Monday, April 20, 2009

The New Number Two In Wireless Communications

There has never been any doubt as to who is the biggest company in the communications business.  We all know that is Motorola. What many of us don't know is who is Number Two?  If you think it's ICOM, Johnson, or Kenwood, get ready for a shock. The new Number Two in wireless communications is the Harris Corporation, a leading military communications equipment supplier and a strong advocate of P25 technology.

Tyco Electronics has struck a deal to sell it's wireless system business (formerly M/A-Com) for 675 million to Harris Corporation.  Harris reported that the acquisition would be closed by the summer of 2009 and that Tyco's systems unit would be reported as a discontinued operation by the beginning of July.  This acquisition clearly places Harris as Number Two in size in for wireless communications manufacturers with a major emphasis on military and public safety communications.

Many in the industry had felt that the EDACS and Open Sky technology developed by M/A-Com was superior to the P25 standard. Apparently, the state of New York did not agree, and it appears that EDACS and Open Sky will follow the road paved by the 8-Track Player, Beta Max, and the Edsel.

For those involved in military and public safety communications, this would appear to be more verification of the acceptance of P25 as the U.S. digital communications standard.  Howard L. Lance, Harris CEO, stated that this acquisition would greatly expand the company's reach in the emergency communications sector, estimated be worth nine billion dollars and growing at 5% annually.  Harris is no stranger to the commercial communications sector, having been a major manufacturer of pagers, mobile phones, and high tier 2-way radios in the 70's and early 80's.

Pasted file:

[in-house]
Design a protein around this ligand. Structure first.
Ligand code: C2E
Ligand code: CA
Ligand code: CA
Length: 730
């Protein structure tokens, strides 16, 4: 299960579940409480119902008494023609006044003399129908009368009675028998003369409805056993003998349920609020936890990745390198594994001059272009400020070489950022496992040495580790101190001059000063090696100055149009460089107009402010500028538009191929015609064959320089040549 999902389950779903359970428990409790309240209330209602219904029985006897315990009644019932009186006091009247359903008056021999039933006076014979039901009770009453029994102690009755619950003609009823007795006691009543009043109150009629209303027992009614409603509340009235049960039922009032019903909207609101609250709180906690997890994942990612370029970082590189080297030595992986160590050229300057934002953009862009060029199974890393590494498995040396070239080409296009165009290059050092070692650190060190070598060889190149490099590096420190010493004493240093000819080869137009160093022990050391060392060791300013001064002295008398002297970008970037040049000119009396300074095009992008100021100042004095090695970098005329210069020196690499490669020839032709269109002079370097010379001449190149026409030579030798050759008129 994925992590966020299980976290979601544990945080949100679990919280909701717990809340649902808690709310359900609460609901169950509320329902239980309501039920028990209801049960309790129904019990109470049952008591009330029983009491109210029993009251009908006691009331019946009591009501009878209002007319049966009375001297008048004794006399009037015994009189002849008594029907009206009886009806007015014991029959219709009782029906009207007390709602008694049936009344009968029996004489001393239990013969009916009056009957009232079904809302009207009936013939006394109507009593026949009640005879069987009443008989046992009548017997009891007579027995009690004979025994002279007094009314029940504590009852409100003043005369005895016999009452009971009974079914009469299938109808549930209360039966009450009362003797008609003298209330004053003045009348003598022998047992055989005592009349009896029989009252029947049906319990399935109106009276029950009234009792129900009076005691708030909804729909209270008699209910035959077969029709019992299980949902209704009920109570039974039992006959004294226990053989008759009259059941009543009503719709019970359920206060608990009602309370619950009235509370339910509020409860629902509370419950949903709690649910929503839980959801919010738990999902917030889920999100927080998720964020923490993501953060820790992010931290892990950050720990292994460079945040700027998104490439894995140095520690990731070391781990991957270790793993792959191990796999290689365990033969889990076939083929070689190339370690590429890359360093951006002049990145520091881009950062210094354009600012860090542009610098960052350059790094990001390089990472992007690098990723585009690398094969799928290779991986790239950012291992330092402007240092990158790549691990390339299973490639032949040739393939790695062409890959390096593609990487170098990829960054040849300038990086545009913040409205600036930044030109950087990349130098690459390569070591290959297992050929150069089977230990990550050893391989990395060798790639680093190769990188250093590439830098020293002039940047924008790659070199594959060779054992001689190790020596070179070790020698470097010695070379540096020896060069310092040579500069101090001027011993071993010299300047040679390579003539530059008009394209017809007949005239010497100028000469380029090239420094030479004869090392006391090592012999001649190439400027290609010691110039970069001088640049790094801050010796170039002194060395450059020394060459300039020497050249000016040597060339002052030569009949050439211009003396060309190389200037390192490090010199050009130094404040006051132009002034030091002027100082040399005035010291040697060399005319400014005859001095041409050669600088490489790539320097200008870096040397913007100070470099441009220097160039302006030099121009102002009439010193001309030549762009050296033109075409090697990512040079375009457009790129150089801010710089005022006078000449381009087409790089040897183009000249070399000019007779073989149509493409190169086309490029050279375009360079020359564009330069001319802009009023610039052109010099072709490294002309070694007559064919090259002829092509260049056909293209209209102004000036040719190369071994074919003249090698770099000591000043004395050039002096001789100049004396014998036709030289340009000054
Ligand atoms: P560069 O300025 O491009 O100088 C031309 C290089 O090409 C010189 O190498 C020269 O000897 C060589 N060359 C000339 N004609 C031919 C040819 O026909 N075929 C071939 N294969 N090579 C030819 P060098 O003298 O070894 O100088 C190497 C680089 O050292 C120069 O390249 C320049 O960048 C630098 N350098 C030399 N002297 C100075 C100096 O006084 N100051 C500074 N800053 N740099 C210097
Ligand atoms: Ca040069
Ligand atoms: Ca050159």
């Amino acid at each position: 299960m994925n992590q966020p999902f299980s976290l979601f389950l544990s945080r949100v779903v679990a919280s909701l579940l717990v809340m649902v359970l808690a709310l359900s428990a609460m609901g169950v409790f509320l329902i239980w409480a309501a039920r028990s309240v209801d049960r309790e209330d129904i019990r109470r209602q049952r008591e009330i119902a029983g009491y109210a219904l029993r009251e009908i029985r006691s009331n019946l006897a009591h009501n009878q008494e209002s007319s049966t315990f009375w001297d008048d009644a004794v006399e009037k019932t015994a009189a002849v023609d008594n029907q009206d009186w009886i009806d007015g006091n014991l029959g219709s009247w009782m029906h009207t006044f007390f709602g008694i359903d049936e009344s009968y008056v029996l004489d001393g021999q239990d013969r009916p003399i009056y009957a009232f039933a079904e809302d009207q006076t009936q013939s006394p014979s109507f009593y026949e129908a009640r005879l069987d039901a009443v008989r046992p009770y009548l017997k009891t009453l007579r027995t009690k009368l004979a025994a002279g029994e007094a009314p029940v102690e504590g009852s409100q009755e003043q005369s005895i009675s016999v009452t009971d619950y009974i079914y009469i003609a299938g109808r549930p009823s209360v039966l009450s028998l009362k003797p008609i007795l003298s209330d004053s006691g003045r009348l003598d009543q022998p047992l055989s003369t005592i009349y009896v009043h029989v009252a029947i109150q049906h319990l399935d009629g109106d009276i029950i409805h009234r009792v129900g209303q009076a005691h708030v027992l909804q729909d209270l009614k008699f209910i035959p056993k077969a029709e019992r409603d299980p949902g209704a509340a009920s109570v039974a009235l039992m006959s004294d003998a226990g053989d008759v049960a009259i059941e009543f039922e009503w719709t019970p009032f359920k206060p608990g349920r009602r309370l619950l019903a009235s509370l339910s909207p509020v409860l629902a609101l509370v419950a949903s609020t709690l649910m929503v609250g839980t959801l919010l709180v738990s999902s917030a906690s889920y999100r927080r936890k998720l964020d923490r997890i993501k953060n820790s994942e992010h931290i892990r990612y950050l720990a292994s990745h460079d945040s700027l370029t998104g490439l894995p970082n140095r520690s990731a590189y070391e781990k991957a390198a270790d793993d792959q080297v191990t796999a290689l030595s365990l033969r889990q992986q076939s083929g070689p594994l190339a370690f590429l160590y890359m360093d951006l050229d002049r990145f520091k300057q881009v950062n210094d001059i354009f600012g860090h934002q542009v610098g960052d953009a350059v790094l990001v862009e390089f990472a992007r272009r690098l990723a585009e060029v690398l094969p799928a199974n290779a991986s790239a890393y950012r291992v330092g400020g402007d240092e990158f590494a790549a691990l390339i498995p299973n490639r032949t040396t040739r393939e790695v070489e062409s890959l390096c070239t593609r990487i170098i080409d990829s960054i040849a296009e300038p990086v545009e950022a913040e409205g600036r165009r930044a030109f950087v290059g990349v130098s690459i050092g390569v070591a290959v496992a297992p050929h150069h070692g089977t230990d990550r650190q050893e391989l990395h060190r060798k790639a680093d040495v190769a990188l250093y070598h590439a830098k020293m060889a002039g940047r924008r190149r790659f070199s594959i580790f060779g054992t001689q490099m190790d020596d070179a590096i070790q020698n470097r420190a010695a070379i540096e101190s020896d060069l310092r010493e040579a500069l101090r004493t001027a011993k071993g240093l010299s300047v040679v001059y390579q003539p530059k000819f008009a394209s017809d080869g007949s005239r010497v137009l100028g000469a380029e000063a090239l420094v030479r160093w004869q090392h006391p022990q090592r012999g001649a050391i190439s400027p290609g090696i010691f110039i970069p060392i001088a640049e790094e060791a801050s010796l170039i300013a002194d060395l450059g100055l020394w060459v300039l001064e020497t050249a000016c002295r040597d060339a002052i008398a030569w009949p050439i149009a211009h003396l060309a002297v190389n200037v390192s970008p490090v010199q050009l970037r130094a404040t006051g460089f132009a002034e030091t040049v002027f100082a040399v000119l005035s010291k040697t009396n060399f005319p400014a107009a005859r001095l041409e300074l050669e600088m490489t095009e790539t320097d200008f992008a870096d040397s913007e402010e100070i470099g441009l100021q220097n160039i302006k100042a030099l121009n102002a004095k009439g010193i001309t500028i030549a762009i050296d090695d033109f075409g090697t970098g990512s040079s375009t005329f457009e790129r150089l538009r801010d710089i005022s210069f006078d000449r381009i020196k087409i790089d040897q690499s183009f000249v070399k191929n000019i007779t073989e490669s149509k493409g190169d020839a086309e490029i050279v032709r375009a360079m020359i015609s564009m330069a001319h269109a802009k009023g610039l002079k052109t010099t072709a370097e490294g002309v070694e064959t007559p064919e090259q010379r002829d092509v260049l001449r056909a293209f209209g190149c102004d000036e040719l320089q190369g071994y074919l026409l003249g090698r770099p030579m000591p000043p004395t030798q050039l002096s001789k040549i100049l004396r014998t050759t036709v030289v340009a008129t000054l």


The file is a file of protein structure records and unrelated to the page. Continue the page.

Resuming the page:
Tyco announced that the sale of the wireless business unit would allow the company to streamline it's operations.  We suspect that a secondary benefit would be the avoidance of a costly and contentious law suit with the State of New York.  

What does all this mean to our public safety users?  Basically, we see the Harris purchase as validation of P25 as the digital standard in the USA.  The net result will be a trend toward common operating systems rather than closed architecture, coupled with lower equipment cost evolving from increased competition.  We could be wrong.  We've been wrong before, but can't remember when it was.......